Al-Qa'eda divided over drive to oust Musharraf
London Telegraph | July 29, 2007
Philip Sherwell and Massoud Ansari
A deep split has emerged within al-Qa'eda over the wisdom of the terror network's drive to overthrow and kill Pakistan's president Pervez Musharraf, according to radical Pakistani Islamists allied to the terror network.
Osama bin Laden's deputy, Ayman al-Zawahiri, has ordered the series of retaliatory attacks on Pakistani targets that have followed the storming of the Red Mosque, an extremist stronghold in Islamabad, by Gen Musharraf's troops this month.
In the latest atrocity, 13 people, mostly policemen, were killed and 50 injured in a suicide attack near the mosque on Friday as the authorities tried to re-open the compound. Nearly 200 people have now died in revenge attacks and bombings.
But some senior figures within al-Qa'eda are alarmed that al-Zawahiri's mission to topple and kill Gen Musharraf will provoke a Pakistani military backlash that could jeopardise their safe havens in the mountainous tribal areas on the Afghan border.
A rival so-called "Libyan faction" led by Abu Yahya al-Libi, who escaped from the US Bagram base near Kabul in 2005, apparently suspects that al-Zawahiri, an Egyptian-born doctor, is trying to position himself as bin Laden's heir presumptive with his personal crusade. Bin Laden himself is believed to be in hiding, fearful of his whereabouts being discovered.
US intelligence operatives closely involved in the hunt for bin Laden told The Sunday Telegraph that they had received reports of al-Qa'eda rifts from senior sources within the Pakistani jihadist community.
The US officials believe al-Zawahiri is running anti-Musharraf operations without consulting other leaders, hoping to foment a revolt that will result in an Islamic regime taking control of Pakistan's nuclear weapons. They are investigating reports of other factions which want to consolidate their operating bases on the Pakistan-Afghan border.
US intelligence believes that the feud has developed in a power vacuum in al-Qa'eda's high command. Bin Laden rarely holds face-to-face meetings with senior lieutenants for security reasons, has only issued occasional instructions to his followers, and may be seriously ill.
Al-Zawahiri, by contrast, has fired off a flurry off video and audio messages, including three in two weeks earlier this month. In the final one, issued two days after the Red Mosque shoot-out, he exhorted Pakistanis to "revolt", warning that otherwise "Musharraf will annihilate you".
"There seems to be a debate within al-Qa'eda about whether to accelerate the conflict in an effort to destabilise Pakistan or continue the attritional battle," said John Arquilla, an intelligence analyst at the US Naval Postgraduate School.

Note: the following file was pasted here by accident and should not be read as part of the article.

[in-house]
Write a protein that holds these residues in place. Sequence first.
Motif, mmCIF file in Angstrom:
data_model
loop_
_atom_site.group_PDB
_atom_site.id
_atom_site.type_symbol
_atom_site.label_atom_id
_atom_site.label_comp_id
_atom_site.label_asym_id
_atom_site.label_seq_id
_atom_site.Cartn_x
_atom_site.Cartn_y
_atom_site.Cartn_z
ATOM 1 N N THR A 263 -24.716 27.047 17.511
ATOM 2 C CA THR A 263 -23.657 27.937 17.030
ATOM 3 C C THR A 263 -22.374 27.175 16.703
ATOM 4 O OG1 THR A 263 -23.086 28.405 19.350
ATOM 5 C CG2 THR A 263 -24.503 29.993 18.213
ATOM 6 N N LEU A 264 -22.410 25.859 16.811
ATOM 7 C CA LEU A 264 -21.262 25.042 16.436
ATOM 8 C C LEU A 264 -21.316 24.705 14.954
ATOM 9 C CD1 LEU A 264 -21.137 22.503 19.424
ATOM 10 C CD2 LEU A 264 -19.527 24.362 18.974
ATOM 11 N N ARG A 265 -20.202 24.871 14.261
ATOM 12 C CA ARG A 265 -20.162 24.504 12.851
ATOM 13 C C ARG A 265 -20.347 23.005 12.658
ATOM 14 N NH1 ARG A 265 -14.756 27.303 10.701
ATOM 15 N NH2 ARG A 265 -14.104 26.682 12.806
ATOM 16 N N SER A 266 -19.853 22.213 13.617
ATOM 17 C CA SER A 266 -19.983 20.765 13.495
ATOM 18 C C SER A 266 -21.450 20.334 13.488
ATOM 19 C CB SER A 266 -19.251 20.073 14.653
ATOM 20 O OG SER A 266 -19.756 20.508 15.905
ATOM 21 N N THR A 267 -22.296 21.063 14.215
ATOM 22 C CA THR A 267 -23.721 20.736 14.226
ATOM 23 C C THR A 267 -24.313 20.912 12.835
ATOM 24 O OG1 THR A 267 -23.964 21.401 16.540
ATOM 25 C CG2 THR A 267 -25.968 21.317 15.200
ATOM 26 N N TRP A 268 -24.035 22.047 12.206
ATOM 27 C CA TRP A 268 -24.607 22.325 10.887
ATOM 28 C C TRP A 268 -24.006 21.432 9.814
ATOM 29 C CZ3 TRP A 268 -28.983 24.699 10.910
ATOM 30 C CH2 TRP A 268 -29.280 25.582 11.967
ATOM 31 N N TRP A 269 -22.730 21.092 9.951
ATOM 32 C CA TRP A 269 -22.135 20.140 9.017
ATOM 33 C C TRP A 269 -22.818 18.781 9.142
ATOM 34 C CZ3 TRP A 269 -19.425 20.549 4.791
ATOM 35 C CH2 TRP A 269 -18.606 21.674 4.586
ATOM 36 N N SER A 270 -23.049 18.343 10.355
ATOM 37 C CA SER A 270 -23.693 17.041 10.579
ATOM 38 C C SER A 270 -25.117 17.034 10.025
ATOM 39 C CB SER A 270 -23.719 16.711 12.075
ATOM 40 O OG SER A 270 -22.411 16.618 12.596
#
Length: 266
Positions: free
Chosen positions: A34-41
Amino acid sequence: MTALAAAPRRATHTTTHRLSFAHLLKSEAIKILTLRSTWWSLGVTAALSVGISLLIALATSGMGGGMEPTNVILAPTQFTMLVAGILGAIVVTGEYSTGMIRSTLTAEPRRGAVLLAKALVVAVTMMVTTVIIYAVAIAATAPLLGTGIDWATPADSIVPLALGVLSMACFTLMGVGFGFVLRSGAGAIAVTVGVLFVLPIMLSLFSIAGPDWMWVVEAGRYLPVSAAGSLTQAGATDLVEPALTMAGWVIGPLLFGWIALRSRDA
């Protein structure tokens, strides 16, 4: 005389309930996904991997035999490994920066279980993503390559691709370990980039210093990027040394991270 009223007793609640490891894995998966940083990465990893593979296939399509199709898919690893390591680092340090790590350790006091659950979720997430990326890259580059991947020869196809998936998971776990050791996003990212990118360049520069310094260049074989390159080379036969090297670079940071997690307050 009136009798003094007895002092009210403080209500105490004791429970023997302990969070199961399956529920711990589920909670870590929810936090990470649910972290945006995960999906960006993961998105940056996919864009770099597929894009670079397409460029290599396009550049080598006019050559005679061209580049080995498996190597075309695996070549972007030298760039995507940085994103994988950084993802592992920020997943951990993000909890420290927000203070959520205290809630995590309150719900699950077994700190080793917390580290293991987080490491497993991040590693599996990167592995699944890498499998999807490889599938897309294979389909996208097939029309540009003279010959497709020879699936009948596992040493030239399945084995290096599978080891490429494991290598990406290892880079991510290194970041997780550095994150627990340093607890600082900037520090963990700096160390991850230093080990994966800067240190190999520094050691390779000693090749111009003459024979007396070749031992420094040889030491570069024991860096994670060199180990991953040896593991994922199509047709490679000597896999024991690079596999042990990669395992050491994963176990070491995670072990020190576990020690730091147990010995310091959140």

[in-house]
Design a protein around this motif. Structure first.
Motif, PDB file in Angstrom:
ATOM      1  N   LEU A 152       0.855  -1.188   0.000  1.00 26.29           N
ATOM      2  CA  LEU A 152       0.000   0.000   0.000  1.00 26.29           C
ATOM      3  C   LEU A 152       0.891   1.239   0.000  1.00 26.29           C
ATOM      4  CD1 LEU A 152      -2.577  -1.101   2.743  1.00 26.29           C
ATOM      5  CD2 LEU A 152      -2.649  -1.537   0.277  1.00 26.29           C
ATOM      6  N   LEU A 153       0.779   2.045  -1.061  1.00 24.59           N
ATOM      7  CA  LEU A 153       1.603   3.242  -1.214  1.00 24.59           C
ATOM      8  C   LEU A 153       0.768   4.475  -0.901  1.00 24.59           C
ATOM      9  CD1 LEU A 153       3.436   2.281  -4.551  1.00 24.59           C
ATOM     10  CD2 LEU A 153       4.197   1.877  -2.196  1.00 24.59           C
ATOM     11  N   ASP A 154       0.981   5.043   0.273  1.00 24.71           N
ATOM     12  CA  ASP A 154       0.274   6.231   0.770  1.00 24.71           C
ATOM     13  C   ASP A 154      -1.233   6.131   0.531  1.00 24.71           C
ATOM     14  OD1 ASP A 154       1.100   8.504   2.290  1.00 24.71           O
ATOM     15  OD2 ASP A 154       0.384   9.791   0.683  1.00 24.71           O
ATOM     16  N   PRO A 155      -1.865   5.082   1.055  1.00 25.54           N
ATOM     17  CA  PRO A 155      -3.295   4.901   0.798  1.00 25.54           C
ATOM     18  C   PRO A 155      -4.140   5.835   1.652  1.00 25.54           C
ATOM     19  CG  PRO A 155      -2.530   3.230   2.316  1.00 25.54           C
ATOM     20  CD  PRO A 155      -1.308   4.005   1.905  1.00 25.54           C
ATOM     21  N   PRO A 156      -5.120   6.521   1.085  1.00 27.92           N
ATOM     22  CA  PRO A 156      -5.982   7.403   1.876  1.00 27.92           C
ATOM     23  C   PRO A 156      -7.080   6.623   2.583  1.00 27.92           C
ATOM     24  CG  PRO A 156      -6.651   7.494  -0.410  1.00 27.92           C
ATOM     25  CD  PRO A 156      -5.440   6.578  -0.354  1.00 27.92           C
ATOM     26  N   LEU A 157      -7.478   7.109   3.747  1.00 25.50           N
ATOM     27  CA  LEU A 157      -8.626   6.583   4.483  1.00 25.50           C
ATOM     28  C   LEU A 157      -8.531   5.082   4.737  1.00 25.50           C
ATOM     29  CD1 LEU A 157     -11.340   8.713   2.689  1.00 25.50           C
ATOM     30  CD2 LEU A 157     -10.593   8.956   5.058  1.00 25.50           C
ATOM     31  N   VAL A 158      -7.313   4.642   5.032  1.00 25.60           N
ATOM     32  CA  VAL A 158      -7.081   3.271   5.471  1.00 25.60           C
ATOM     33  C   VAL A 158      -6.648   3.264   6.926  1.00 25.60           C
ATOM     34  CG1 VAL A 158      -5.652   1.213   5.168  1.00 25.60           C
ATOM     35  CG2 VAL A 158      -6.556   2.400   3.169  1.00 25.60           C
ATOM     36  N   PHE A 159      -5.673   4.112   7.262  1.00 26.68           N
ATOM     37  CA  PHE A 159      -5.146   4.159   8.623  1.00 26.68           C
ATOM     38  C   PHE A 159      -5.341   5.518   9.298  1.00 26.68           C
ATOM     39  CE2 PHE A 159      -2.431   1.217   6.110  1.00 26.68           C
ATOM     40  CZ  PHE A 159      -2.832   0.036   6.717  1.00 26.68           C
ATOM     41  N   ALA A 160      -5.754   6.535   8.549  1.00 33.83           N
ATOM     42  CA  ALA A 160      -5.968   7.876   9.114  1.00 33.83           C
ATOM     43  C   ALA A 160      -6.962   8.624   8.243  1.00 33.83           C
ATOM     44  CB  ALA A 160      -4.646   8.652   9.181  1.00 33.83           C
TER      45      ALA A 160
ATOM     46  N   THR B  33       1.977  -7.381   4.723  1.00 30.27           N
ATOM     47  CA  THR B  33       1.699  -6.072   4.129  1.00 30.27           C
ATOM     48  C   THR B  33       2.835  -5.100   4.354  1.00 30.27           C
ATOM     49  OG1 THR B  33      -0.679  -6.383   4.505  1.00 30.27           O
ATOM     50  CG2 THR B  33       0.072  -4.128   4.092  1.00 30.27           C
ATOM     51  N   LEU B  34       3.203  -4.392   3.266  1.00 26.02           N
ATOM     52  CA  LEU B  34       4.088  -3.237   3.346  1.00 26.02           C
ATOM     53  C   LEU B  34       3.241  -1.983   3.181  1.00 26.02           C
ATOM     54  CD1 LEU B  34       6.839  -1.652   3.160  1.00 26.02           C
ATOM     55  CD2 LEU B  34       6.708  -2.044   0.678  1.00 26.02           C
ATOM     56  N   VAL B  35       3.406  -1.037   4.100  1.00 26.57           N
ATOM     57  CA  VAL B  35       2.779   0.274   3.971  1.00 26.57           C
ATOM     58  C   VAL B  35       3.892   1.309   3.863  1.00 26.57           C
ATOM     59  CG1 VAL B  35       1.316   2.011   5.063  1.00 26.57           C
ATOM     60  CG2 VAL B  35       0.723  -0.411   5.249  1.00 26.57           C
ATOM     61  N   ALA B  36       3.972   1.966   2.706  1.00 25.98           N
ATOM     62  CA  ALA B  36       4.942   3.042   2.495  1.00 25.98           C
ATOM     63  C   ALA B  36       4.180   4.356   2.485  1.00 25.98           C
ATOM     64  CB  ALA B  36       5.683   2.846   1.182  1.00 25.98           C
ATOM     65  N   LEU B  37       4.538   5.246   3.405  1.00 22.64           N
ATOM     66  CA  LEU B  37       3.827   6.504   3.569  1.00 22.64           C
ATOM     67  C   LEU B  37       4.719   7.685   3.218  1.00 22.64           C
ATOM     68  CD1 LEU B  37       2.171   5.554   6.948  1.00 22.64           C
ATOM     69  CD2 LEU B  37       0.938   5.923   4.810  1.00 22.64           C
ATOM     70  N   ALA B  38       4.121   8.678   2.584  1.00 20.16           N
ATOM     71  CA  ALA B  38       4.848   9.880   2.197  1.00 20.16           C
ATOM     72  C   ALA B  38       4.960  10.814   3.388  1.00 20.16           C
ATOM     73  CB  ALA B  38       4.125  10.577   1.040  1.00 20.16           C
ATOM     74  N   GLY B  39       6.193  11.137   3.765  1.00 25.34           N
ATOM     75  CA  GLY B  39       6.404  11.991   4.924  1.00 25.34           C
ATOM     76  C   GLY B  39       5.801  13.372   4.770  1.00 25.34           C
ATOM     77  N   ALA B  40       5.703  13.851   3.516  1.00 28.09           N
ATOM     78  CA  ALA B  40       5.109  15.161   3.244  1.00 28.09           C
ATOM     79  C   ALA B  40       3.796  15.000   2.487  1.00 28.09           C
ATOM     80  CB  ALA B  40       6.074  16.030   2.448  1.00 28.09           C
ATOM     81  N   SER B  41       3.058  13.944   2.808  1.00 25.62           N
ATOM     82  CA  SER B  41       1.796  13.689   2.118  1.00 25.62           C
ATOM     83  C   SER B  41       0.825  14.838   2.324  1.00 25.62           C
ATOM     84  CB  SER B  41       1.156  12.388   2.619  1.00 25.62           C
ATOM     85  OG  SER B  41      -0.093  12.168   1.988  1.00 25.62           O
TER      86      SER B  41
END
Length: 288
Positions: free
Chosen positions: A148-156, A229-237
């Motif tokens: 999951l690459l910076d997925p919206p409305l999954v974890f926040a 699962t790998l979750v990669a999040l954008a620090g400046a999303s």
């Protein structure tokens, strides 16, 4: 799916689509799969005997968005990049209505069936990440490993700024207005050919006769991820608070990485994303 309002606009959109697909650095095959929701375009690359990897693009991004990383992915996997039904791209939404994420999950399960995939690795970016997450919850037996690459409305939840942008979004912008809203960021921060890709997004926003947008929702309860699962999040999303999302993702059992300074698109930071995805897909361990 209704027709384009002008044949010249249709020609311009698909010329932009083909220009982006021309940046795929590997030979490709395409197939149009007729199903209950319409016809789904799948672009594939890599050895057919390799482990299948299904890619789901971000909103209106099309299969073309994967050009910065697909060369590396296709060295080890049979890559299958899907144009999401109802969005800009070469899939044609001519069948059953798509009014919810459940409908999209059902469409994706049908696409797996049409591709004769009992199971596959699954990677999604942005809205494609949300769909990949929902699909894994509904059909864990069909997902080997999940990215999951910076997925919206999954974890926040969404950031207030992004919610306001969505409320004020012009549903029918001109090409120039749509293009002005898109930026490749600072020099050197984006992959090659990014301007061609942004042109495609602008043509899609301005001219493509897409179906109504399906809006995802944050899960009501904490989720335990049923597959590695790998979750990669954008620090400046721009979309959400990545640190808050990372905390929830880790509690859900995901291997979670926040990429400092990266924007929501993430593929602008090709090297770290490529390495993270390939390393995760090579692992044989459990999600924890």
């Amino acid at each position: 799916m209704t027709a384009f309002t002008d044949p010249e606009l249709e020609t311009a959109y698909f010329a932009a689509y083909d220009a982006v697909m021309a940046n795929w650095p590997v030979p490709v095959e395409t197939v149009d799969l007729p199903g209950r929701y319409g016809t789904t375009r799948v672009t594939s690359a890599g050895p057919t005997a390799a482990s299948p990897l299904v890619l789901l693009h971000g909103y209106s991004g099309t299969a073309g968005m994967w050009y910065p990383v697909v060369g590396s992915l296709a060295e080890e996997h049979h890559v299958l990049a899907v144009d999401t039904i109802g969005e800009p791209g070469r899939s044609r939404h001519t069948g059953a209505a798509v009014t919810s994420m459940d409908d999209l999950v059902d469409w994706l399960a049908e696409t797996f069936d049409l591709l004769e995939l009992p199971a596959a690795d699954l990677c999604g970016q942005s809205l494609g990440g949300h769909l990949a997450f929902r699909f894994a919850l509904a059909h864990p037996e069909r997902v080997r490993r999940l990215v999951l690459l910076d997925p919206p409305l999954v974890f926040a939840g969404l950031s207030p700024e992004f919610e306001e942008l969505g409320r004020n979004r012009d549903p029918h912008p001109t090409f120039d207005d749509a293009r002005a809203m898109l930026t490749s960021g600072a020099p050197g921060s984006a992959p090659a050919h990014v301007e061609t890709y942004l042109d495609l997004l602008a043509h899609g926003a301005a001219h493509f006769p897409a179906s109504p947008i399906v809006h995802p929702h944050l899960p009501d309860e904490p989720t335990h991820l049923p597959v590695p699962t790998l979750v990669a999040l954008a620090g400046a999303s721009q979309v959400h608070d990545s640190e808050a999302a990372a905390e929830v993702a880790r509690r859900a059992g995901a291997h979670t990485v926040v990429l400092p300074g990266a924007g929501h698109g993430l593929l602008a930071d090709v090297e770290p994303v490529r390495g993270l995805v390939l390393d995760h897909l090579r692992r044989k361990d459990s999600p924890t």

"Pakistan is the great strategic prize if they could install a friendly regime in possession of nuclear weapons. Pakistan is central to the war on terror in a way Iraq is not."
The high stakes were brought home by a new US National Intelligence Estimate this month. The report concluded that a resurgent al-Qa'eda, now based in Pakistan's lawless tribal belt, has regained the same strength and organisation as before the September 11, 2001 attacks that prompted the US assault that drove it from Afghanistan.
The report prompted a fresh round of debate in Washington about whether to launch military strikes inside Pakistan. Fran Townsend, the White House homeland security advisor, provoked outrage in Pakistan when she said the US would consider using military force inside the country if it identified key al-Qa'eda targets there.
In Islamabad in his first overseas trip as Foreign Secretary, David Milliband signalled a different tone from Washington last week, emphasising that a military solution alone would not quash the insurgency in the tribal areas.
US intelligence has repeated warnings to the White House that it is probably only a matter of time before al-Qa'eda stages another major attack inside the US, organised from its Pakistani strongholds. A significant faction inside the CIA wants the US to launch attacks within Pakistan to strike at al-Qa'eda now, without authorisation from Gen Musharraf.
But President George W Bush has made clear that he will not allow any such attack, which he fears would undermine the Pakistani leader and could bring him down.
The US last week handed intelligence dossiers to Islamabad identifying locations used by al-Qa'eda and Taliban militants as training camps and hide-outs.
Al-Qa'eda and its local Taliban allies made major inroads in the region after Gen Musharraf signed a peace deal with local tribal leaders last September. However, that ceasefire has recently collapsed.
Gen Musharraf earned some plaudits in Washington for ordering his troops into action against the militants in the Red Mosque. But he has made no public appearances during the revenge attacks and he was politically damaged by a court decision to reinstate the Supreme Court chief justice whom he had suspended.
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